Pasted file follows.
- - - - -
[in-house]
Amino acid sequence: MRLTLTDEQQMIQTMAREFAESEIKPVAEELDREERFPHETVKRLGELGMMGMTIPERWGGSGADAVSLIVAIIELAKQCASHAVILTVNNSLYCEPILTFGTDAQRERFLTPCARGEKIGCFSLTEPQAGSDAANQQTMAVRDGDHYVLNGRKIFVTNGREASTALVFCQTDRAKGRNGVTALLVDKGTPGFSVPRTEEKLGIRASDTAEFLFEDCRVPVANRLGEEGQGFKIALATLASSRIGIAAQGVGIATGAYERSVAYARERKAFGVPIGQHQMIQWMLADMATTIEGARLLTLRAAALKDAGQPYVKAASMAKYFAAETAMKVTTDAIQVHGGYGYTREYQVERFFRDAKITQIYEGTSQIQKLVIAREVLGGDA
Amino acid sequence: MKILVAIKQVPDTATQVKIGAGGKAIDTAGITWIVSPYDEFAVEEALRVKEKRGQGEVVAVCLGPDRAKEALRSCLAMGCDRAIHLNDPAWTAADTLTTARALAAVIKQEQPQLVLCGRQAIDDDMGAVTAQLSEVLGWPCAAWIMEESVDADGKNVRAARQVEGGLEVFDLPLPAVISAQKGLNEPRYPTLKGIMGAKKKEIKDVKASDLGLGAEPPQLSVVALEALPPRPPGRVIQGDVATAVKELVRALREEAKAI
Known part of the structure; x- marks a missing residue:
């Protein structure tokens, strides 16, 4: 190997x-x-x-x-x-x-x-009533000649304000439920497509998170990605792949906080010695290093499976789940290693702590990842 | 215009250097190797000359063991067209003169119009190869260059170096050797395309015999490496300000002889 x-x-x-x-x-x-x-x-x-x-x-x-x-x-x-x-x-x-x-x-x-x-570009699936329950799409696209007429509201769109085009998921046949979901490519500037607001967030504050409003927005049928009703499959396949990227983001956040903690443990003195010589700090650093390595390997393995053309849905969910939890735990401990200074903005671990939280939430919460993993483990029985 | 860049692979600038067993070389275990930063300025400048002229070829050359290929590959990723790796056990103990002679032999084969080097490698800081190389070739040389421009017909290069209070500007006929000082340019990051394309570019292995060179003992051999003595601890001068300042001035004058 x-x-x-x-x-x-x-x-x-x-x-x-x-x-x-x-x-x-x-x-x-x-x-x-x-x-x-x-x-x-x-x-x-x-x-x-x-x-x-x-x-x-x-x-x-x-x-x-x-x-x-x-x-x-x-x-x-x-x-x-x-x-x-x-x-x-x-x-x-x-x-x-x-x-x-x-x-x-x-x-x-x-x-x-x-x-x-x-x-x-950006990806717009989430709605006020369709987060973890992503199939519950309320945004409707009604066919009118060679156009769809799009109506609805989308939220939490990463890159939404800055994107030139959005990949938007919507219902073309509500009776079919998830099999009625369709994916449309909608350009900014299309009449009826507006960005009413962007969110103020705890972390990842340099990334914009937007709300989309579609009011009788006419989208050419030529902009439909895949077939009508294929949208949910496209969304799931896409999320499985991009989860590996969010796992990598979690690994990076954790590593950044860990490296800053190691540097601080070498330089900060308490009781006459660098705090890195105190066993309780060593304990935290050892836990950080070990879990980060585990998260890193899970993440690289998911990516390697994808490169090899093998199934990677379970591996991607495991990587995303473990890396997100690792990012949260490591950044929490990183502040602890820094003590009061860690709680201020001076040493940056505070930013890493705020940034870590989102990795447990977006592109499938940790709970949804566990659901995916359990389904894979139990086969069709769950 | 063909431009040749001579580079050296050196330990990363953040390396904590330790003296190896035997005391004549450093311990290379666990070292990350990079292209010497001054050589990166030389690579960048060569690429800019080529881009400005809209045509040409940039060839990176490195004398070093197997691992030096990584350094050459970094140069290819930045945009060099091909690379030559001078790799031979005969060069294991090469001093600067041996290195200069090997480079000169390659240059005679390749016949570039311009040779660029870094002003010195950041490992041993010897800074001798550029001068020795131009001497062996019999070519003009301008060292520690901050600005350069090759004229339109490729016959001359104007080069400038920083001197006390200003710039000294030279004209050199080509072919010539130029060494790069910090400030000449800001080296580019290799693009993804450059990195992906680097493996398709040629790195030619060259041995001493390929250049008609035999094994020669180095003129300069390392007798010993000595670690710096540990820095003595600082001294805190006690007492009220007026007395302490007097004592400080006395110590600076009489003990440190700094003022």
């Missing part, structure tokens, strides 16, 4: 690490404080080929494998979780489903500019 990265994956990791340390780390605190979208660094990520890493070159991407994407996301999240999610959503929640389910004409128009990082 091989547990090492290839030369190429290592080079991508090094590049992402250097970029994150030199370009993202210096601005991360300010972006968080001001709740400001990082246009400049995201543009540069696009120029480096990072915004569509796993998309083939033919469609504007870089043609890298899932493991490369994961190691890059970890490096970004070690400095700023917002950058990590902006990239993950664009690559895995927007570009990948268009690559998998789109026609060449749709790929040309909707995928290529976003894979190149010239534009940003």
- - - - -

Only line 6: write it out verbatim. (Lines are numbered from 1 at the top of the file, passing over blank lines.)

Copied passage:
């Missing part, structure tokens, strides 16, 4: 690490404080080929494998979780489903500019 990265994956990791340390780390605190979208660094990520890493070159991407994407996301999240999610959503929640389910004409128009990082 091989547990090492290839030369190429290592080079991508090094590049992402250097970029994150030199370009993202210096601005991360300010972006968080001001709740400001990082246009400049995201543009540069696009120029480096990072915004569509796993998309083939033919469609504007870089043609890298899932493991490369994961190691890059970890490096970004070690400095700023917002950058990590902006990239993950664009690559895995927007570009990948268009690559998998789109026609060449749709790929040309909707995928290529976003894979190149010239534009940003």